Recently some friends, who are expecting their first child, asked my husband what books about parenting we would recommend they read before their baby is born.
My immediate answer? Don’t read any books!
Of course sarcasm runs rampant in our household, so I was only being half serious. To be fair, I am not much of a reader. I have only read a handful of parenting books and have definitely come across some good tidbits here and there. But, so far, I haven’t found that one book that can tell me step by step how to handle a uniquely strong-willed little girl, how to handle really long tantrums, or sassy mouths and so on. (Ahem, not that I have any of those problems with my three angelic daughters, ahem.)
I told my husband the advice I would give our friends is not so much to focus on what books to read, but rather to spend time with other parents, be involved with other parents, ask questions, ask advice, learn from them.
I would also encourage them to be patient with their children, and then be patient some more. I would remind them their child is a person, who is an individual, and a person who doesn’t always fit into an exact mold that a book can be written about. I happen to have three lovely girls that I’m certain no one has written a book about! My three daughters are beautiful, funny, sweet, spunky, a little bit sassy, (some more than others!), and one of them can also be extremely stubborn and strong willed and at times a wee bit moody. I have yet to read a book that could tell me how to deal with some of the many situations I have been through with her.. and my other two daughters for that matter. (Maybe I should write a book!)
The best parenting information and encouragement I have received has not come from any book. What I have experienced are relationships with friends who I have met right here in Madison who are sharing the same kind of challenges and difficulties with their own children that I am. With one friend in particular, I often comment that I am certain our children were cut from the same Jello mold. My friend and I can completely relate with each other on the hardships and trials that we deal with that are specific to our “Jello mold” children.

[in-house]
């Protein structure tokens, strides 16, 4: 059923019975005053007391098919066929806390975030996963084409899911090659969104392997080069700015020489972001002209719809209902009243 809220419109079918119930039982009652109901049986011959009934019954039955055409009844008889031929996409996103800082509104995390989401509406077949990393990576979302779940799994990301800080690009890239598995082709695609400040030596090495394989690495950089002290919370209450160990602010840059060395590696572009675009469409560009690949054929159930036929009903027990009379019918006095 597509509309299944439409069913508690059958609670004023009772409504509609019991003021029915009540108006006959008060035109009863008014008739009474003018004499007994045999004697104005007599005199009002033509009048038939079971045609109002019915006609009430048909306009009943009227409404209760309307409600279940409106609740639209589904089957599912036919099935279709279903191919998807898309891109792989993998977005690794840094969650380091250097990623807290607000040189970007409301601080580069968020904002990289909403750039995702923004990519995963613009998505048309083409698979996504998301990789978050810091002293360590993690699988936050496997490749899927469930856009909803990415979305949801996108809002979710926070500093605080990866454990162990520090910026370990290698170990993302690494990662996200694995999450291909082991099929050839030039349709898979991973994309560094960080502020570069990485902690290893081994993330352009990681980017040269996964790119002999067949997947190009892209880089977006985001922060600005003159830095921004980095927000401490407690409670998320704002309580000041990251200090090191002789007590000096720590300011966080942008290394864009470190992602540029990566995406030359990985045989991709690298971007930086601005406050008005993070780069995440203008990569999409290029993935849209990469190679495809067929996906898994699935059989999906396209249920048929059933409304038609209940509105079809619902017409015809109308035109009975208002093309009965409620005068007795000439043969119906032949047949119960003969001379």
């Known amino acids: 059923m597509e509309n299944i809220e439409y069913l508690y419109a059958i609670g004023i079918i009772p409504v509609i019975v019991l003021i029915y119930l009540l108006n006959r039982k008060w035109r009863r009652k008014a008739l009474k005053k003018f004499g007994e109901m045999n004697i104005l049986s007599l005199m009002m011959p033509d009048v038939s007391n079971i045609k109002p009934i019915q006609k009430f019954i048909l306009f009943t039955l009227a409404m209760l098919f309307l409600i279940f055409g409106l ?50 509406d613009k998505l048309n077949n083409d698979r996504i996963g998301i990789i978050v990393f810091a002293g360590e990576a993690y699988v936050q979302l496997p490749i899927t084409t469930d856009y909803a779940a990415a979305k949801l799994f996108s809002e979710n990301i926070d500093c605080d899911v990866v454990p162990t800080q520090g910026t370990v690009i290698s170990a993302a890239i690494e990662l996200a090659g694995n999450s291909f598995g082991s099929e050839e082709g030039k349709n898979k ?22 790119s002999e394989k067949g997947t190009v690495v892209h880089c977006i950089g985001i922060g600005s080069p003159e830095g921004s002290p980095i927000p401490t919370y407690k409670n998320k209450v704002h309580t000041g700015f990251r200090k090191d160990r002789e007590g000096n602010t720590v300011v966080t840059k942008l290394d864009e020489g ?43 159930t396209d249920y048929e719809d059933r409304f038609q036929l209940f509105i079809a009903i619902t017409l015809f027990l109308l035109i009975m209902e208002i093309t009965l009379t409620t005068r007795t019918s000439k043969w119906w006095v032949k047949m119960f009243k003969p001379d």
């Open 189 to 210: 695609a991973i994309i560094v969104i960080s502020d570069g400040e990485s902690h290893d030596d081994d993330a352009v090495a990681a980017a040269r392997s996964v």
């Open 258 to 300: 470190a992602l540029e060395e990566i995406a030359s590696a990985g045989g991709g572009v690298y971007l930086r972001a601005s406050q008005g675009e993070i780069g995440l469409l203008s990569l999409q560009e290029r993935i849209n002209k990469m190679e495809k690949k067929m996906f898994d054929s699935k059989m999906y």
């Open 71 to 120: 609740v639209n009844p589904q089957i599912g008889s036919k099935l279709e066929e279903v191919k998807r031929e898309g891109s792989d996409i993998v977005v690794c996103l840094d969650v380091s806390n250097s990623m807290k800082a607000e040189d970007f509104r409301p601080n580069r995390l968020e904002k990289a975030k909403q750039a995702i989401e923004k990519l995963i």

I find it so very encouraging to know other parents who are dealing with similar trials and situations that I am dealing with. The kind of real life, relational encouragement that can only come from having that face-to-face relationship with my good friends and fellow parents.
My friends and fellow mommies can remind me that it will get better. They can remind me that eventually my toddler will not want to climb on my dining room table or unroll the toilet paper roll or empty the cabinets and refuse to sleep past 6:00 a.m. They can remind me that my four-year-old will eventually be able to wipe her own hiney and maybe stop yelling at her sister in her sleep. They can remind me that my seven-year-old will someday not have to be told 82 times to brush her teeth or put on her shoes or get back in bed. They can give me tips that have helped with their children and in their families. They can help me remember, “this too shall pass.”
This is the beauty of having a community where we can come together with other parents who are in the same boat, dealing with similar issues that aren’t always found in books.
This is why we need each other, why we need a community of fellow moms.
This is also the beauty of our great city where there are so many wonderful and diverse families, children, and mothers who we can build relationships with. Where, not only can we have fun together, but we can also share our experiences with one another and encourage one another through this bumpy parenting journey.
And if you have read that one book that has all the answers on how to keep my sanity with my three girls then that is all the more reason for us to meet each other!